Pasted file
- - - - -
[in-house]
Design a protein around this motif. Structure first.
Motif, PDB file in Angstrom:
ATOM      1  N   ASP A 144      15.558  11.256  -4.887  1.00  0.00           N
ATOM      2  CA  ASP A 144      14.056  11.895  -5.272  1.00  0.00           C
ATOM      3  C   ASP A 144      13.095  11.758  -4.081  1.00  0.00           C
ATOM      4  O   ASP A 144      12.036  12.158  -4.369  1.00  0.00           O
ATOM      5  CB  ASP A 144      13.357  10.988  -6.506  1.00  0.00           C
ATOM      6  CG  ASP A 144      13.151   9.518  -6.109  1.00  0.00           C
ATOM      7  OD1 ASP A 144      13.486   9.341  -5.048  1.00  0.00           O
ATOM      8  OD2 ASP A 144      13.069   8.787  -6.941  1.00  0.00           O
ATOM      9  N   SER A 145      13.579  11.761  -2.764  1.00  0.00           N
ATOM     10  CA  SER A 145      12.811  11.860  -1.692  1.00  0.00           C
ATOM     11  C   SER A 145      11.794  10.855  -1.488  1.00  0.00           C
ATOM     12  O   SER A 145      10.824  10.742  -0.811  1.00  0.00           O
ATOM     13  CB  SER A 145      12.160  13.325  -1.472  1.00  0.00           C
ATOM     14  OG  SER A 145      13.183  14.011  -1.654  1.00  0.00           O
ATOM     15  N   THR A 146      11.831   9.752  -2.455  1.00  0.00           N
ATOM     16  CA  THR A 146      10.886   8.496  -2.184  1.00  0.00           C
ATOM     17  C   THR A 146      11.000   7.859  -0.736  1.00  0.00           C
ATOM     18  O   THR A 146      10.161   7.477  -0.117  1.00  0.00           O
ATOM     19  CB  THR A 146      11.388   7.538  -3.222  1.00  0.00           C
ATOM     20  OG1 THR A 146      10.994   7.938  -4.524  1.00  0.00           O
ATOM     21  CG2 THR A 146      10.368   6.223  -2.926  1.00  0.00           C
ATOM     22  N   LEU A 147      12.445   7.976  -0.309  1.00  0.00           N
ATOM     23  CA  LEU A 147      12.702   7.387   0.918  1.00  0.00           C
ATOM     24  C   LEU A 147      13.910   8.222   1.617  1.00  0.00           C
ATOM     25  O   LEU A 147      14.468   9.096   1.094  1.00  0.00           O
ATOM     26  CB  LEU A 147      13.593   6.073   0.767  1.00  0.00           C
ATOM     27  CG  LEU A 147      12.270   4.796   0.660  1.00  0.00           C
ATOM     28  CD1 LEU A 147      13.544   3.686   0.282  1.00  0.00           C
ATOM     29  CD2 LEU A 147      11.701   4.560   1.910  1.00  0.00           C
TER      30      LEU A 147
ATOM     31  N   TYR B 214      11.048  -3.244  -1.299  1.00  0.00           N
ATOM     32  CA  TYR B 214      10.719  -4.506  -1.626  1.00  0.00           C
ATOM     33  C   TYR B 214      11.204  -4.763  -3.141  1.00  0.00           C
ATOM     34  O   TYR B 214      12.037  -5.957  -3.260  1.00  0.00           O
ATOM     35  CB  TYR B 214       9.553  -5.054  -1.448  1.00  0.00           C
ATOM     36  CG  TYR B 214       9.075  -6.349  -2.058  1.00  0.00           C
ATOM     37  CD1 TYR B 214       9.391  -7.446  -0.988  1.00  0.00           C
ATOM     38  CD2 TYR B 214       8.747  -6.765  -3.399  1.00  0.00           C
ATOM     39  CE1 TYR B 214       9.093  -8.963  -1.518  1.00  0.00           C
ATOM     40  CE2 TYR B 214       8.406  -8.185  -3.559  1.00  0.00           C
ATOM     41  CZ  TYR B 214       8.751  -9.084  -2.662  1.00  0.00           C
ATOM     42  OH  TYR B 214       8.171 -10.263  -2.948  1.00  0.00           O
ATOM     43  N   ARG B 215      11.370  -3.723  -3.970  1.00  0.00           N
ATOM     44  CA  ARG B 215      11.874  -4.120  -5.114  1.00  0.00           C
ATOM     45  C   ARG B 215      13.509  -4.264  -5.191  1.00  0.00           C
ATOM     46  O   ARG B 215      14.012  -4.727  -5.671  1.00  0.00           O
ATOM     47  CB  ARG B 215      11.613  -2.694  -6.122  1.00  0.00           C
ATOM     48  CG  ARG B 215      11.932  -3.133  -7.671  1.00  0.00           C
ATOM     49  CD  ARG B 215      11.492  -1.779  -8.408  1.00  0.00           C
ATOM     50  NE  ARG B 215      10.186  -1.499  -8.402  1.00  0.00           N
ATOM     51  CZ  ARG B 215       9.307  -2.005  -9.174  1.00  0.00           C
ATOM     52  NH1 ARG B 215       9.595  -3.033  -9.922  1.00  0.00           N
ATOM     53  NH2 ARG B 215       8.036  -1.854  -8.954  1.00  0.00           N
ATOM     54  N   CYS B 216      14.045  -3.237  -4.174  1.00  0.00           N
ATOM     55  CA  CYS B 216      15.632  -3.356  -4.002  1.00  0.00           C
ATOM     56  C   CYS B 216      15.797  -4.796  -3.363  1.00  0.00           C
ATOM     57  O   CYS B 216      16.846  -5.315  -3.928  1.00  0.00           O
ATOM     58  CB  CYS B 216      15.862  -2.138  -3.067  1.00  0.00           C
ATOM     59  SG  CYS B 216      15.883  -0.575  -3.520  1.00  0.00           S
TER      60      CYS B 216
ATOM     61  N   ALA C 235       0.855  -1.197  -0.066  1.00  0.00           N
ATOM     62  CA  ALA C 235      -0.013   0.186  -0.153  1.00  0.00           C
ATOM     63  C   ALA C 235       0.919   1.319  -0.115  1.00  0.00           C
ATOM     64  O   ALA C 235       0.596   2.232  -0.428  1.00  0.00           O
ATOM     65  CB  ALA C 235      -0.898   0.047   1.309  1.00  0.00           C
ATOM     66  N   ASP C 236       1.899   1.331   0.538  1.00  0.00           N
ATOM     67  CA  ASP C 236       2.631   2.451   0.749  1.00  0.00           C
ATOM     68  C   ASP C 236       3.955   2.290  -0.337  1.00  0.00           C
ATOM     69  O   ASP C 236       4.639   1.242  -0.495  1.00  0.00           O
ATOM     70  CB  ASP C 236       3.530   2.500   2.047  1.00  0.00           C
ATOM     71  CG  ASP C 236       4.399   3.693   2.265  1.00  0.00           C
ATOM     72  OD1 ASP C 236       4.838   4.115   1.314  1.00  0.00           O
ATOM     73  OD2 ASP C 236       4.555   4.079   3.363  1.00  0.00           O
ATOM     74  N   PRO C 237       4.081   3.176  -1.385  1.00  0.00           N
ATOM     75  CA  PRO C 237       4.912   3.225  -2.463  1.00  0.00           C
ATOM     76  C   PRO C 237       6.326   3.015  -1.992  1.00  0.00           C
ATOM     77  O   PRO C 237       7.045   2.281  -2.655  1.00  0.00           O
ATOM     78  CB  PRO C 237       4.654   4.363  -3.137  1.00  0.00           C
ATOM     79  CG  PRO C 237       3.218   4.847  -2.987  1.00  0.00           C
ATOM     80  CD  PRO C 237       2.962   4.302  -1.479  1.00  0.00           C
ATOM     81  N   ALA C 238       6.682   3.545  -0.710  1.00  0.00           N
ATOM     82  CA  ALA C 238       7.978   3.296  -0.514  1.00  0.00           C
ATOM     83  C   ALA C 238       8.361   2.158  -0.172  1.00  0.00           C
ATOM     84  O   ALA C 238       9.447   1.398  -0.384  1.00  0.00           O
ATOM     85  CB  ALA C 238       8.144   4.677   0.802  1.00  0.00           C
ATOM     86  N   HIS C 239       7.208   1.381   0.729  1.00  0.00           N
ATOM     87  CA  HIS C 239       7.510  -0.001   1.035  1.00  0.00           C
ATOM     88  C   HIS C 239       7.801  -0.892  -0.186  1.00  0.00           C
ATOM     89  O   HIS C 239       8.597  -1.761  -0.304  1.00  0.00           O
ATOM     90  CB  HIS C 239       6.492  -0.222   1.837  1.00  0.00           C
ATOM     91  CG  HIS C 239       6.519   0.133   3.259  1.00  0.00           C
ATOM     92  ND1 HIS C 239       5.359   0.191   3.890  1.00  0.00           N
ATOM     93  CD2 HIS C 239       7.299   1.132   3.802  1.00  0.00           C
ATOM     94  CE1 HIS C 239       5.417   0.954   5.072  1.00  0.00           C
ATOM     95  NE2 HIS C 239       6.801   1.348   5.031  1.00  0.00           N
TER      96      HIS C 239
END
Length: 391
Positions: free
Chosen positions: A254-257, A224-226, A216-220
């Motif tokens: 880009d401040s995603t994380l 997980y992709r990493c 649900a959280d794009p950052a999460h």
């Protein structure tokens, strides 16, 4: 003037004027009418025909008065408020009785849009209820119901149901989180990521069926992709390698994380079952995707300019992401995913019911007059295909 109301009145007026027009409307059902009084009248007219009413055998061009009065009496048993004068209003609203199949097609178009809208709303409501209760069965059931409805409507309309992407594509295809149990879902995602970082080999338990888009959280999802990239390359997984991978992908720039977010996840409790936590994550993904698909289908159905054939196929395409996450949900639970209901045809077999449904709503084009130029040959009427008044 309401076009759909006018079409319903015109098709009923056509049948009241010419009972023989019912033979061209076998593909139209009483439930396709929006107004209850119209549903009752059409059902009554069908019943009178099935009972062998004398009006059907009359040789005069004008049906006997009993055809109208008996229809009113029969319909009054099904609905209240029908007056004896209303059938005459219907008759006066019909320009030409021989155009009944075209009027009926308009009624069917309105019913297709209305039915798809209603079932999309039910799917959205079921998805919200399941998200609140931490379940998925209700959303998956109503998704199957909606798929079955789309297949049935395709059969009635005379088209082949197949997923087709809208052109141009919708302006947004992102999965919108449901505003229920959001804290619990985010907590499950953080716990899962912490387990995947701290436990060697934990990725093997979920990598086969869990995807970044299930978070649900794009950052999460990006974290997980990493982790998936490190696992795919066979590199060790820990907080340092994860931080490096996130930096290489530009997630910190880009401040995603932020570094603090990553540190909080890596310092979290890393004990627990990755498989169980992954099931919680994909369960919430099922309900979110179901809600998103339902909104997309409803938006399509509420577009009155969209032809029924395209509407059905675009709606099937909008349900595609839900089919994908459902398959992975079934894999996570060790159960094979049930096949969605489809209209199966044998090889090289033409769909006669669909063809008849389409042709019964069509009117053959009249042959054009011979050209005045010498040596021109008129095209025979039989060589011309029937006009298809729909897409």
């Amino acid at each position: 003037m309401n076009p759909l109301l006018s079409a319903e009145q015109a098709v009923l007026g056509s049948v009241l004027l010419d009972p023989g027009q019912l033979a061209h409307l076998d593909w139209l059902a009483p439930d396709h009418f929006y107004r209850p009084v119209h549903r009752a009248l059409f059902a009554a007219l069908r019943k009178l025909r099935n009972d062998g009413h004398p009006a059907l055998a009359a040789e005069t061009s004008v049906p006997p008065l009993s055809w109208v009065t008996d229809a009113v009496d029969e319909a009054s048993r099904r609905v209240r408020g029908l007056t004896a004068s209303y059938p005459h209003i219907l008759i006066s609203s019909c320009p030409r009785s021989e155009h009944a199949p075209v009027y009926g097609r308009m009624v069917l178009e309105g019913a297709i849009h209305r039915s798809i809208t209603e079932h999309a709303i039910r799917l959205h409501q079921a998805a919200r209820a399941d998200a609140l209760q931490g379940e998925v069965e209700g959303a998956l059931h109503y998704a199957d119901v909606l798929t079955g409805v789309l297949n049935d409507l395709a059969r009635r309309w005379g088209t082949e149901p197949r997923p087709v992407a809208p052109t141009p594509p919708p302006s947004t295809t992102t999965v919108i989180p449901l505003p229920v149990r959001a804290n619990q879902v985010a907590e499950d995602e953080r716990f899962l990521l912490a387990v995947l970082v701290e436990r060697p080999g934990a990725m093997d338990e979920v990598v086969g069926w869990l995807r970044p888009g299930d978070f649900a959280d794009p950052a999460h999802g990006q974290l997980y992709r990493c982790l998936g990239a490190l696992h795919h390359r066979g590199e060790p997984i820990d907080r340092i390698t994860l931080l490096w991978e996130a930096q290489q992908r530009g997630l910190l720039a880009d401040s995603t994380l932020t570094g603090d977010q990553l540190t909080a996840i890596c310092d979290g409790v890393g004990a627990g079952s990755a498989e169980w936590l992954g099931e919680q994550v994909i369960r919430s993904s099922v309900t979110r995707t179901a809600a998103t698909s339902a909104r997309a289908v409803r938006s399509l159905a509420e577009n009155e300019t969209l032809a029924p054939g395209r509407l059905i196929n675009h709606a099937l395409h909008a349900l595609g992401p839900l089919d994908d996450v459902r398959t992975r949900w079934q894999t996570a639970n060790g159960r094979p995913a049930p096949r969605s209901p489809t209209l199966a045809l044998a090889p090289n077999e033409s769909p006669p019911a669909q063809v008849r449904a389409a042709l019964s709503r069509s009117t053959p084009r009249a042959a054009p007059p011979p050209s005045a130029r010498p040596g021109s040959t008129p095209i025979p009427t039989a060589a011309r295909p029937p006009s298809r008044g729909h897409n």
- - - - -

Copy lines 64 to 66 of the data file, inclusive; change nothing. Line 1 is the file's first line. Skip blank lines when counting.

ATOM     61  N   ALA C 235       0.855  -1.197  -0.066  1.00  0.00           N
ATOM     62  CA  ALA C 235      -0.013   0.186  -0.153  1.00  0.00           C
ATOM     63  C   ALA C 235       0.919   1.319  -0.115  1.00  0.00           C